Birth Defects Fact Sheets

birth defectsWhile there are thousands of different birth defects, the most common are heart defects, cleft lip and cleft palate, Down syndrome and spina bifida. Approximately 150,000 children are born every year in the United States affected by one or more birth defects, according to the American Pregnancy Association

The CDC reports that one in every 33 babies (about 3 percent) is born with a birth defect, and that birth defects are one of the leading causes of infant deaths, accounting for more than 20 percent of all infant deaths. Causes vary, including the use of alcohol, street drugs, and prescription drugs, being exposed to various infections such as cytomegalovirus or sexually transmitted infections. Genetic conditions can also be passed from parent to child.

Information about Specific Birth Defects

The CDC has great information on many birth defects which you may find useful in your center at the following links:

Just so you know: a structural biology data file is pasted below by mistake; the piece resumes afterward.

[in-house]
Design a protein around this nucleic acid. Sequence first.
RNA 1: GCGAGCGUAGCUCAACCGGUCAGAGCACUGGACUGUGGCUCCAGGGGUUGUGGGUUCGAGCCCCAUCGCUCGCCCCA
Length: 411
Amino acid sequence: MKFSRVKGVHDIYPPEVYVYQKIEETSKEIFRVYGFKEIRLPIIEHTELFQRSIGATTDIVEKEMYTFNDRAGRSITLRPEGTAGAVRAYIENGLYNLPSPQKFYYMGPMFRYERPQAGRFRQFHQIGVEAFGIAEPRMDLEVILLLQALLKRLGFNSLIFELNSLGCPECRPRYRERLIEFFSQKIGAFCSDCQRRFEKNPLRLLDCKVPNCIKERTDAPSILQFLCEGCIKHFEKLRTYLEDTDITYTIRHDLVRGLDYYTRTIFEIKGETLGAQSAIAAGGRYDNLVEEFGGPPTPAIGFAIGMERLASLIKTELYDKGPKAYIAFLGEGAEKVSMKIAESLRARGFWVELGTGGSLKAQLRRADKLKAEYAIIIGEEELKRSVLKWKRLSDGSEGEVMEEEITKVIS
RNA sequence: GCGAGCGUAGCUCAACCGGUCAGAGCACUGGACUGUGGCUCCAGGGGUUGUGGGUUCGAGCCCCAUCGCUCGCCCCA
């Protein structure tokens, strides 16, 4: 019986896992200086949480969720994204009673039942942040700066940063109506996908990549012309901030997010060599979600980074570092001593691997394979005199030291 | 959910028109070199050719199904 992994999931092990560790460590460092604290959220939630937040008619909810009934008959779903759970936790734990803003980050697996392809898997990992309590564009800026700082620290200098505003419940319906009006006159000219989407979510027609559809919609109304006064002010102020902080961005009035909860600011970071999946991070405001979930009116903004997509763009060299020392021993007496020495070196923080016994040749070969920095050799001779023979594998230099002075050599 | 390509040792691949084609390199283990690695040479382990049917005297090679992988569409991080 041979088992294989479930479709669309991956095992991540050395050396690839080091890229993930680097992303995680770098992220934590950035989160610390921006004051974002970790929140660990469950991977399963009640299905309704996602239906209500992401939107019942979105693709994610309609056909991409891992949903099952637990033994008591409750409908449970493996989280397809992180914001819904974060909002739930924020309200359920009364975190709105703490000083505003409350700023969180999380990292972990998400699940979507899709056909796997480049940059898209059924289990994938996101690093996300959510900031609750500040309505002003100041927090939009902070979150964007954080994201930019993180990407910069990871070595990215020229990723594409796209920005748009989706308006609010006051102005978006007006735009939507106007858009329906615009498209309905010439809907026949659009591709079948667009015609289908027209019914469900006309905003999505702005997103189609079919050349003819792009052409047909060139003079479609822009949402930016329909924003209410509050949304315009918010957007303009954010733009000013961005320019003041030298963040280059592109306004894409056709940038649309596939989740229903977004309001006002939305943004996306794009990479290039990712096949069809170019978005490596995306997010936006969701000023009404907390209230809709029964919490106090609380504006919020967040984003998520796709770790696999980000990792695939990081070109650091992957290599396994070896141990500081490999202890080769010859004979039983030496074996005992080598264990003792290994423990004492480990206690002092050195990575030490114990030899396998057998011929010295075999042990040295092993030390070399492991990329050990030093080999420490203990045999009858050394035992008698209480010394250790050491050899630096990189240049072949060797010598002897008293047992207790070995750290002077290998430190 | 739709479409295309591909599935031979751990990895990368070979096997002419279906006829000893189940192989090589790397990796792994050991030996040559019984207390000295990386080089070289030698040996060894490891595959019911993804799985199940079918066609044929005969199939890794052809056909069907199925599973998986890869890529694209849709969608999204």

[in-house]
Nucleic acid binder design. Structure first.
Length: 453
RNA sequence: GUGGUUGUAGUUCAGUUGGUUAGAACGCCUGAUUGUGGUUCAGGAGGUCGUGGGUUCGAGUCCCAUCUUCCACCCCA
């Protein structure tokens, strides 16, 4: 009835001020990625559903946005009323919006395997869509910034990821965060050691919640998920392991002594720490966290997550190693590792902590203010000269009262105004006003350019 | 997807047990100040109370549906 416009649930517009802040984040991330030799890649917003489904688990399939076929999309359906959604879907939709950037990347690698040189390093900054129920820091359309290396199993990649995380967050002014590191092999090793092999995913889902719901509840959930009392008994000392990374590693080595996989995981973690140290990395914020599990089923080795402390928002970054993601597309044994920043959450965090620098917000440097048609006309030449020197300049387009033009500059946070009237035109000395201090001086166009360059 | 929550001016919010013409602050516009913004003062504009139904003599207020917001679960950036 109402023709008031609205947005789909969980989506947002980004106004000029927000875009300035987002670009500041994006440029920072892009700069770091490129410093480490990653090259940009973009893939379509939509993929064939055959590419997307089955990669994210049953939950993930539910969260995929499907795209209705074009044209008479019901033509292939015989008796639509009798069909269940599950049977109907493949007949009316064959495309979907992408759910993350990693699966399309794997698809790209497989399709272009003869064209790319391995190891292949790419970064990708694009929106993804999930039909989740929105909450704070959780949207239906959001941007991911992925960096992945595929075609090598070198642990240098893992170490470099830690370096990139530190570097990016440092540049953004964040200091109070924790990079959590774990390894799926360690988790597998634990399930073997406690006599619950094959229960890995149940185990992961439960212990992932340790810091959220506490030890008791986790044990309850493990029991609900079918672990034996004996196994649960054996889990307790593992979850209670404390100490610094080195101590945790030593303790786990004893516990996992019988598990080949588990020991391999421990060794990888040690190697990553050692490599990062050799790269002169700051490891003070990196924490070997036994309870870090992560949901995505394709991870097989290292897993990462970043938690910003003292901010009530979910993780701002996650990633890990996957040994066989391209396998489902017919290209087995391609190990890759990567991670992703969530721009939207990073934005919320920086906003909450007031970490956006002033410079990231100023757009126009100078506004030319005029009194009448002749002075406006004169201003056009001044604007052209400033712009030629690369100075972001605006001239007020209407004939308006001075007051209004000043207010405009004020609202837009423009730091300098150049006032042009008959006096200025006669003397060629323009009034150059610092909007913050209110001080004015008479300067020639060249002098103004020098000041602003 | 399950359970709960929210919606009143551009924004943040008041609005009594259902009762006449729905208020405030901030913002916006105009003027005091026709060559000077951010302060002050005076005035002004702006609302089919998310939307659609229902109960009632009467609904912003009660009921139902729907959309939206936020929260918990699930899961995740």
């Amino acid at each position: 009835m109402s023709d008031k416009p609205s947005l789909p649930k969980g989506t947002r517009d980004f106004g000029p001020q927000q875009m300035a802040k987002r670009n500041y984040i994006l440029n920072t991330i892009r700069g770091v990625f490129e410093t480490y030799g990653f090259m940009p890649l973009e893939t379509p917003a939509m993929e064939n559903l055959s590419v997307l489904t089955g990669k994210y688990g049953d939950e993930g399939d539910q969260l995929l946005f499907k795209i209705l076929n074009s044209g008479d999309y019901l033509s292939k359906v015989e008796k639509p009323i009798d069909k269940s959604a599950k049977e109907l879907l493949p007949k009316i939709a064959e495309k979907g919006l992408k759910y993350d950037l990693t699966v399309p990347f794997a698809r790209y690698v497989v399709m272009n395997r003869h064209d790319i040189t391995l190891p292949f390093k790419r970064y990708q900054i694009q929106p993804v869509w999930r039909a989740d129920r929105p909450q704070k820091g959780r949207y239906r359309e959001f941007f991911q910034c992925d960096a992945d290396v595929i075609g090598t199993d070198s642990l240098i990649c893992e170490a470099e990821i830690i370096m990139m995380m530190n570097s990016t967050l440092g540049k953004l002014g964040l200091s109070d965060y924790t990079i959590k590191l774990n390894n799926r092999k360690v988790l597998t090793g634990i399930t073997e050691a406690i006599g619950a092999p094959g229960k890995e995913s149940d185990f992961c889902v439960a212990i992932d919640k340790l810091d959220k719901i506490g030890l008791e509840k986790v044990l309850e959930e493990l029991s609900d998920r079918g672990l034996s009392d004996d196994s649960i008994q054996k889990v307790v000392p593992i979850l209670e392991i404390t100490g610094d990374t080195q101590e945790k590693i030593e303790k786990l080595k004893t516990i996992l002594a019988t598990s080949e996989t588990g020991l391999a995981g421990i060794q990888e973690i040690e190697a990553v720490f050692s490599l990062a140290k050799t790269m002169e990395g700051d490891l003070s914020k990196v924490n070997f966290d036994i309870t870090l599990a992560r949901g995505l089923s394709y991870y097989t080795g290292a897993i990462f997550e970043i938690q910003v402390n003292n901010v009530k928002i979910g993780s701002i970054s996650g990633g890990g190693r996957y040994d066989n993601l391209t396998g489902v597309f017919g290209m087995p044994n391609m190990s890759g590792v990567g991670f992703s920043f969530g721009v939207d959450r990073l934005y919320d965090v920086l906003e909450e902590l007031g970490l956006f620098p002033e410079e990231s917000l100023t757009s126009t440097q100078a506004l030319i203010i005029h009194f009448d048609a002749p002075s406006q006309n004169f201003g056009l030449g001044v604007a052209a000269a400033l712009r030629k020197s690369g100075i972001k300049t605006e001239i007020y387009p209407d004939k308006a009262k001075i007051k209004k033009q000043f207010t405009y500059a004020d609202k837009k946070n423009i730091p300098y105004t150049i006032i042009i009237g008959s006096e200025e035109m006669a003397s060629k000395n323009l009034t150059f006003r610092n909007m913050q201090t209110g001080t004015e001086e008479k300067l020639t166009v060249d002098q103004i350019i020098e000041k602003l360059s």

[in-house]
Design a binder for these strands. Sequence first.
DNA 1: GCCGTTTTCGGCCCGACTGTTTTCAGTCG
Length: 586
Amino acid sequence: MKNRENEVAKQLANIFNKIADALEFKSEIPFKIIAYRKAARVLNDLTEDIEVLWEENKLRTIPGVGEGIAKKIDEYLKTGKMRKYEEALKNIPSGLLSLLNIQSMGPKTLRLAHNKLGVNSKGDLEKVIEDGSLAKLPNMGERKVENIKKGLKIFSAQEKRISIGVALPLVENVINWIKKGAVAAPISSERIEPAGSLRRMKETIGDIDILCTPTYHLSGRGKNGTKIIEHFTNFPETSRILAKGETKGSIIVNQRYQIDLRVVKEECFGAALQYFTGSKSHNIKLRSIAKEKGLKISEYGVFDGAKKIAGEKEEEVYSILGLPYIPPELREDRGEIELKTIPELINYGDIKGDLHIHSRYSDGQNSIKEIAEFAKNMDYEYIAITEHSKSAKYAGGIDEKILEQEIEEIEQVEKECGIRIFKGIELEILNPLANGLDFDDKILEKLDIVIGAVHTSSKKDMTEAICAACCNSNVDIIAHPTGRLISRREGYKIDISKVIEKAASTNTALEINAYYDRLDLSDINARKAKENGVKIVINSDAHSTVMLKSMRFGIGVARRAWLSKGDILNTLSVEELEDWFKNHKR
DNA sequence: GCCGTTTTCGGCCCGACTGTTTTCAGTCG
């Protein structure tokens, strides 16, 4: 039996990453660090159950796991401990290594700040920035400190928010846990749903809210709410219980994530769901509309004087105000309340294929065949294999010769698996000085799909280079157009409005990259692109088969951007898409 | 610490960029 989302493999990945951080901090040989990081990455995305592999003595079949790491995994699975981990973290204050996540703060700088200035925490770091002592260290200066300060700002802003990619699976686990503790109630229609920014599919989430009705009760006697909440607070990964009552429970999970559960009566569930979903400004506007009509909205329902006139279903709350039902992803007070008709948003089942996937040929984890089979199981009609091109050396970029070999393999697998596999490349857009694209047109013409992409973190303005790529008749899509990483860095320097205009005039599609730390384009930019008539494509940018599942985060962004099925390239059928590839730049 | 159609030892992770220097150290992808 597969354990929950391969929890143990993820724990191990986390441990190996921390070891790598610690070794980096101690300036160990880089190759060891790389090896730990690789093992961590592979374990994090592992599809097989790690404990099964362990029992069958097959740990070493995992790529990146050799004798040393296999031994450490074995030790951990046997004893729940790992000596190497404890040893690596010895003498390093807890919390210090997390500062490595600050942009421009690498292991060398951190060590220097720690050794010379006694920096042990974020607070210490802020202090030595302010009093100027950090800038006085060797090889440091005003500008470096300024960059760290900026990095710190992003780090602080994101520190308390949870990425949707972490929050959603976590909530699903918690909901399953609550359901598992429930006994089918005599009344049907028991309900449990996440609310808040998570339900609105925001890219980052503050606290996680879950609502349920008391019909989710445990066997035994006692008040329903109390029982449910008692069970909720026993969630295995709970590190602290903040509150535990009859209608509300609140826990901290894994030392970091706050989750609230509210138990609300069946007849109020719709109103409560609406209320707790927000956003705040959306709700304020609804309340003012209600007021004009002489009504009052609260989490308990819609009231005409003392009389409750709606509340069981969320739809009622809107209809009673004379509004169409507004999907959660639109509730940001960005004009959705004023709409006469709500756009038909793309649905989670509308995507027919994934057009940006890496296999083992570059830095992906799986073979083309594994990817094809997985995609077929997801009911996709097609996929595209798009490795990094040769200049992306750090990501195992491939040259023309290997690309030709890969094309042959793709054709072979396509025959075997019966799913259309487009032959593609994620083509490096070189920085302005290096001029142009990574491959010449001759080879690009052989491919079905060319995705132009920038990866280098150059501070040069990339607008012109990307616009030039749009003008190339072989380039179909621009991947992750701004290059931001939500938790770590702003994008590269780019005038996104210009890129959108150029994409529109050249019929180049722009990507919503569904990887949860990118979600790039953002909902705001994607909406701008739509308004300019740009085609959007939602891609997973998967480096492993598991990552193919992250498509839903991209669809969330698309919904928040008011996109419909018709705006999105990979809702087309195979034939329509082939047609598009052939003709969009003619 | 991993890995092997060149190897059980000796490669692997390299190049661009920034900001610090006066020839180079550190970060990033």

cmvimageCytomegalovirus (CMV) Disease: The Congenital Disease Mothers Don't Know About

The following information is also found at the CDC site:

CMV is the most common congenital (present at birth) viral infection in the U.S. Each year, about 5,500 (1 in 750) children in this country are born with or develop disabilities that result from congenital CMV infection. More children have disabilities due to this disease than other well-known congenital infections and syndromes, including Down syndrome, fetal alcohol syndrome, spina bifida, and pediatric HIV/AIDS.

CMV is spread from person to person by close contact with body fluids, such as blood, urine, saliva, semen, vaginal fluids, and breast milk. Once CMV is in a person's body, it stays there for life. Most people who become infected with CMV have mild, flu-like symptoms or no symptoms at all; the exceptions are infants with congenital infection or people who have weakened immune systems.

For pregnant women, sexual contact is a common source of CMV infection. Limiting sexual partners and practicing safe sex may reduce the risk of catching CMV.

Another common source of infection for pregnant women is contact with the urine or saliva of young children who are infected with CMV and are shedding the virus.